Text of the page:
Note that this post is in the musings category; neither advocacy nor nostalgia is present. Rather, it is the brain’s incapacity to integrate percentages with empirical reality that has always intrigued the mariner. He was reminded of this recently when the mariner and his wife sent a birthday card to our son advising him that every year that passes, he grows closer to the mariner’s age.
Empirically, this is not true – our ages remain the same number of years apart in arithmetic terms. However, convert the difference to a percentage and one can make the case that our ages are converging.
Hypothetically, let’s say the mariner’s son was born when the mariner was 20 years old. On the son’s 5th birthday, he is 20% as old as his father. On the son’s 10th birthday, the son is 33% as old as the mariner. On the son’s 40th birthday, he is 66% as old as his father. As a percentage, the son is growing old faster than his father!
Humans can understand percentage values only after their brains interpolate percentage values to an approximate empirical reality, that is, an absolute event. The mariner knew a person who believed that when the weather report said 30% chance of rain, it meant the person would receive 1/3 of all the rain that would fall – an absolute value.
This inability to rationalize probability in terms of absoluteness is what makes lotteries work. Simply say, “You gotta play to win,” And the brain thinks that if one plays, one wins. Never mind that as a probability, one may win once in 17 million tries. But even that is not guaranteed. One may win 17 million times or may never win at all or win any number in between. That’s the problem: probability is not empirically guaranteed. The brain is much more comfortable coping with the absoluteness of empirical reality.
The brain can override probability (percentages) very easily by replacing a percentage with one that is an unrelated empirical situation that has completely different probability. A common example is ignoring the probability of an automobile accident by responding to the empirical urge to answer a text on the cell phone. The odds that someone will be on the other end of the call are very high both empirically and statistically. The absoluteness of the texting seems more dependable than the absoluteness of having an accident. A fair trade off, wouldn’t you think?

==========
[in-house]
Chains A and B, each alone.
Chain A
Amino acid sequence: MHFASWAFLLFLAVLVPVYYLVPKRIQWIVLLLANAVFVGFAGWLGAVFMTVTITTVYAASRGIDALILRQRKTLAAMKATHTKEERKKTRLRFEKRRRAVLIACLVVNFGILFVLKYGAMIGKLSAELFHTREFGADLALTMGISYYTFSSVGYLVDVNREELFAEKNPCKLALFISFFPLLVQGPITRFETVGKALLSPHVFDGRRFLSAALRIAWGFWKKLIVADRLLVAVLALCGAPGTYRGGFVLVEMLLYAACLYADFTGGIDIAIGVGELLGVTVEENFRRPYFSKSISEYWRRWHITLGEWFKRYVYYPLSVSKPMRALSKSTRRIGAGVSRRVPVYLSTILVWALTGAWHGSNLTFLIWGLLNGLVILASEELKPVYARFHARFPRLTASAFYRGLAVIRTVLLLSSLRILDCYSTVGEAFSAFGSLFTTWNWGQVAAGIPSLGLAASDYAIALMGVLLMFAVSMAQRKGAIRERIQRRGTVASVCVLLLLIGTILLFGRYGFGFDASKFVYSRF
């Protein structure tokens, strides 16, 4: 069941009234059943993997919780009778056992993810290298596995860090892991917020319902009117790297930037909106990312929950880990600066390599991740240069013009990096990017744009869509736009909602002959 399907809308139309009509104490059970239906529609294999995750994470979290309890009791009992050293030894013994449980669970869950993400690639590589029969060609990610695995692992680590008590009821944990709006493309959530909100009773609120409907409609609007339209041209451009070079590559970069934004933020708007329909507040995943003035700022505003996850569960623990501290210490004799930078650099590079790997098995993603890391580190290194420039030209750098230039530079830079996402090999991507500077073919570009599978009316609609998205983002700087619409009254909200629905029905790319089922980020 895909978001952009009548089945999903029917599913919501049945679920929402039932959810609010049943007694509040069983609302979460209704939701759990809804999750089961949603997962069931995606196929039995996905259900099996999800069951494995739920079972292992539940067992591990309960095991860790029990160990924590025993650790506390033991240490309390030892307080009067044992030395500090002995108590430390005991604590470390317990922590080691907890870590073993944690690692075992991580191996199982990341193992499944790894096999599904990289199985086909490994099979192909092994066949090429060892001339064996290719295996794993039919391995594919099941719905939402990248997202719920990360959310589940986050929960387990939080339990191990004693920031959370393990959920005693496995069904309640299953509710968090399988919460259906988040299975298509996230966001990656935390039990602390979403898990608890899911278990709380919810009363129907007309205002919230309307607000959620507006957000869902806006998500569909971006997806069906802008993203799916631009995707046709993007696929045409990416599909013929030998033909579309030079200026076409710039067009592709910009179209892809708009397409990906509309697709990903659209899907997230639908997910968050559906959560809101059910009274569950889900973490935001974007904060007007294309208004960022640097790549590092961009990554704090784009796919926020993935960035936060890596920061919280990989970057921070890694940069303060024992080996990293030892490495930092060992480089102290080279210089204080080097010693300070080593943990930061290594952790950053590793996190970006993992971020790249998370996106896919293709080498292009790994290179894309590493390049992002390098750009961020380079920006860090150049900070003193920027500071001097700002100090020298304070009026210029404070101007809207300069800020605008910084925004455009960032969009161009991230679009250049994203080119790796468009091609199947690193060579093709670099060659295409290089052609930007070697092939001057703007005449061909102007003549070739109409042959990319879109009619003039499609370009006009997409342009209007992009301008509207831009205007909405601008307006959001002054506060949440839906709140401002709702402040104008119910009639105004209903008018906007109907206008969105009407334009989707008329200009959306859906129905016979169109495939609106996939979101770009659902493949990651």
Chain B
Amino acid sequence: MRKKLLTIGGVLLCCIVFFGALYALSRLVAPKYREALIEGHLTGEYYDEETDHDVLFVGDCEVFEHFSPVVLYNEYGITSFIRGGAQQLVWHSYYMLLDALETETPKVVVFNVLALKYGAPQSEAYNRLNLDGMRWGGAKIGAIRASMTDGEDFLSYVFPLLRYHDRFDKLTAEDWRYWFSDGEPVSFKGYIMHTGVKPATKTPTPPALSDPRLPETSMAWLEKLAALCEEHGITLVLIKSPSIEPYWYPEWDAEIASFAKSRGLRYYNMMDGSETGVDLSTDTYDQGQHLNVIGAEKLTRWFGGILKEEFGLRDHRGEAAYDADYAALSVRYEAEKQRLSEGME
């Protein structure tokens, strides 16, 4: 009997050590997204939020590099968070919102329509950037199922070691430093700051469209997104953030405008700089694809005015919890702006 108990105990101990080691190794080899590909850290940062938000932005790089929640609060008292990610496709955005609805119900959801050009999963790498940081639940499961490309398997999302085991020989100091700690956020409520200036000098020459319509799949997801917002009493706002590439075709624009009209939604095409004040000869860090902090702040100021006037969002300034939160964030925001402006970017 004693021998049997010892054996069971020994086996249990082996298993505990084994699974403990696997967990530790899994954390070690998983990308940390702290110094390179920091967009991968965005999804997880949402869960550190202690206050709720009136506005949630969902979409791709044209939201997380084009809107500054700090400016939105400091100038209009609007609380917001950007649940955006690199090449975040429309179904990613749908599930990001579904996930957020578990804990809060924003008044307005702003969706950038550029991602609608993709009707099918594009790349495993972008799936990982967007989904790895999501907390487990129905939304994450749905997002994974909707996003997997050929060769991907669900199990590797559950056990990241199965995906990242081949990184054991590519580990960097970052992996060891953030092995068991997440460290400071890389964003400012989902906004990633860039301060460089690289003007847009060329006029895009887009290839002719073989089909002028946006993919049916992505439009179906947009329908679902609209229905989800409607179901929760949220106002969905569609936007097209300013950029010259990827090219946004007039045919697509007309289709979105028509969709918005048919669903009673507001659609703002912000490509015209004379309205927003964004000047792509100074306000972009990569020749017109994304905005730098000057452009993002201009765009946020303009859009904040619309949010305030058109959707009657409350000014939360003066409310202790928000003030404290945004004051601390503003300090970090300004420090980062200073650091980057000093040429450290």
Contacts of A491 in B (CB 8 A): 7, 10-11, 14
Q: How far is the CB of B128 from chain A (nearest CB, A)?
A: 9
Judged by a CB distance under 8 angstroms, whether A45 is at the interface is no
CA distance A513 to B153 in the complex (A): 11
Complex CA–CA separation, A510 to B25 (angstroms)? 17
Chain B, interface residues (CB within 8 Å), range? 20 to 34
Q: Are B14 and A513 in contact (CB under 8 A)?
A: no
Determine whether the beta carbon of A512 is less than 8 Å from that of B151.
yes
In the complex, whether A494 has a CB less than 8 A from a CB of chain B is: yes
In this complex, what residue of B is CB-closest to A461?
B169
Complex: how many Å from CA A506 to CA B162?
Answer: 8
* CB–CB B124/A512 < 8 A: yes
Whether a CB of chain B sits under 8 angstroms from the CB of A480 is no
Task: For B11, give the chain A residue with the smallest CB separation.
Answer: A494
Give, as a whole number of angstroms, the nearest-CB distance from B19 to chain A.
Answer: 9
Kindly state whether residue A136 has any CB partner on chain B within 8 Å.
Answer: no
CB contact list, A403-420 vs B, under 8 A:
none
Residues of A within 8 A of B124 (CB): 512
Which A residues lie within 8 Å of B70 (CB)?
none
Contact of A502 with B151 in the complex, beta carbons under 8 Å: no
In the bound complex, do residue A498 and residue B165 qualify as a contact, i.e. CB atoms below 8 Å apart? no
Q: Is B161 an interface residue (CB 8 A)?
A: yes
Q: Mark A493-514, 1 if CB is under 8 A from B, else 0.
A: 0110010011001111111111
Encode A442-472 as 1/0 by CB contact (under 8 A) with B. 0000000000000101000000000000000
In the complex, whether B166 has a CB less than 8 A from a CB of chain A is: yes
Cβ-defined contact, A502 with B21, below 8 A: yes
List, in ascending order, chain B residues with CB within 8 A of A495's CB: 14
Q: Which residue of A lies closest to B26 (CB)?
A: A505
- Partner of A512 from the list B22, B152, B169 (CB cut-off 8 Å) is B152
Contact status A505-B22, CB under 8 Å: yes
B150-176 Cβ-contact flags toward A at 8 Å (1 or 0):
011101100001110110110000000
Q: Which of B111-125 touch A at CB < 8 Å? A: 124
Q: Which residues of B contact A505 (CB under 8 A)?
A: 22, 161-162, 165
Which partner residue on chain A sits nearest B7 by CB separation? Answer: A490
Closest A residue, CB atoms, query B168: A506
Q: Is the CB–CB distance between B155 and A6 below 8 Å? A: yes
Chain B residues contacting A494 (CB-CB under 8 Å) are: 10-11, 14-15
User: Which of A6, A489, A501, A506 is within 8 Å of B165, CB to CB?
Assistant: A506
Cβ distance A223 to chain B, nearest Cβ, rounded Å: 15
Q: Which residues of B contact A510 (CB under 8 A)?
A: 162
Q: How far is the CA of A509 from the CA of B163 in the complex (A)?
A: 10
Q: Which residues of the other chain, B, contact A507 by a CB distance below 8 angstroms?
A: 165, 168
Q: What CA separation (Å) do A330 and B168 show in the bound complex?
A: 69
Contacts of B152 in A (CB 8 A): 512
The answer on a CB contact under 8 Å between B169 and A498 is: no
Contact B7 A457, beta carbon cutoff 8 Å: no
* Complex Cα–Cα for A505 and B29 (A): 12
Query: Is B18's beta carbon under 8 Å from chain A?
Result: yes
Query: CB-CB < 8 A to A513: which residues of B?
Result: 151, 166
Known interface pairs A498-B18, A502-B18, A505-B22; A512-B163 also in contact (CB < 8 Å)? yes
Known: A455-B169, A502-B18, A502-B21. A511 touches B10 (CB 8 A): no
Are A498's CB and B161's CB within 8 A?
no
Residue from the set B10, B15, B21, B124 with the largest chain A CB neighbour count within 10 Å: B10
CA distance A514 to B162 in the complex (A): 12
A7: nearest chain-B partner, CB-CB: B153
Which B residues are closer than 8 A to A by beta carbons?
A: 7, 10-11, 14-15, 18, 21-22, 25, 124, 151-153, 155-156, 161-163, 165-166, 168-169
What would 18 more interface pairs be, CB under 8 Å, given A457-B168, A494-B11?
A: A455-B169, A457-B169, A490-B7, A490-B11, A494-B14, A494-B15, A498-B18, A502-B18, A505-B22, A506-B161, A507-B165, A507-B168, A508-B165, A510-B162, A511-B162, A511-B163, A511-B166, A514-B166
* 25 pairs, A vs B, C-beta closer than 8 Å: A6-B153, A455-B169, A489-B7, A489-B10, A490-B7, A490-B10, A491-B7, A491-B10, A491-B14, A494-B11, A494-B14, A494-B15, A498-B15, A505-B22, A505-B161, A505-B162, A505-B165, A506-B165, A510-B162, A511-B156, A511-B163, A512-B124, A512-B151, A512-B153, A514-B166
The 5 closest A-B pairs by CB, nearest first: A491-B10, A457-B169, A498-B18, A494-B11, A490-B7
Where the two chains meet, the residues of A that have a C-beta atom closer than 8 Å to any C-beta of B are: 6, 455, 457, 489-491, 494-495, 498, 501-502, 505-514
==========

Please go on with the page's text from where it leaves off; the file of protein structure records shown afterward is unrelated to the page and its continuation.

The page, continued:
The obvious conclusion is that the brain has difficulty evaluating percentages. The brain is much more comfortable comparing empirical relationships. True, over evolutionary time, the skill of evaluating empirical absoluteness is more useful, else, lions, tigers and panthers would have eaten all our ancestors while the ancestors calculate the probability of whether they actually will be eaten.
One may argue that the brain actually accepts percentages and alters empirical behavior. One can train oneself not to respond to the cell phone while driving. An intellectual victory but not an empirical one; a dog will accept heeling intellectually but, all things said empirically, would rather be running off doing what dogs like to do best – answer the cell phone.
Over the years, mariner has given countless presentations to managers, planners, project teams and others who must develop decisions that most graphically affect the empirical world but in the beginning are decisions based on percentages, statistics, base expectancy and gut feelings. Human society cannot live without probability. Still, probability is a foreign value until it is interpreted as an absolute event.
Think of all the things that face probability in your life – starting with the color of your eyes and hair and whether your middle finger is as long as your ring finger. What is the probability that you would meet the person you married? No judgment intended, what is the probability that you did not meet the person you should have married? How fortunate are you to have the job you have? You may never have had the chance for that job if you reacted to 30% of the rain that was going to fall on that fateful day.
The truth is, probability shapes our reality in every way – even to the fact that life would not exist without the moon. How fortunate we are that, against all probability, the pieces of Earth that formed the moon did not fly off into a scattered belt of asteroids – as percentages would have predicted. We are not conscious of the influence of probability because the brain does not notice probability until it is converted into an empirical event. What if you were told that the son’s age is 66% of his father’s age? Does that help with your understanding of the family relationship?
What is the probability that this post is important to the empirical circumstances of its readers? Probably not worth mentioning but the mariner had a good time writing it – a victory for empirical judgment in spite of probable value. Just don’t call him while he’s driving.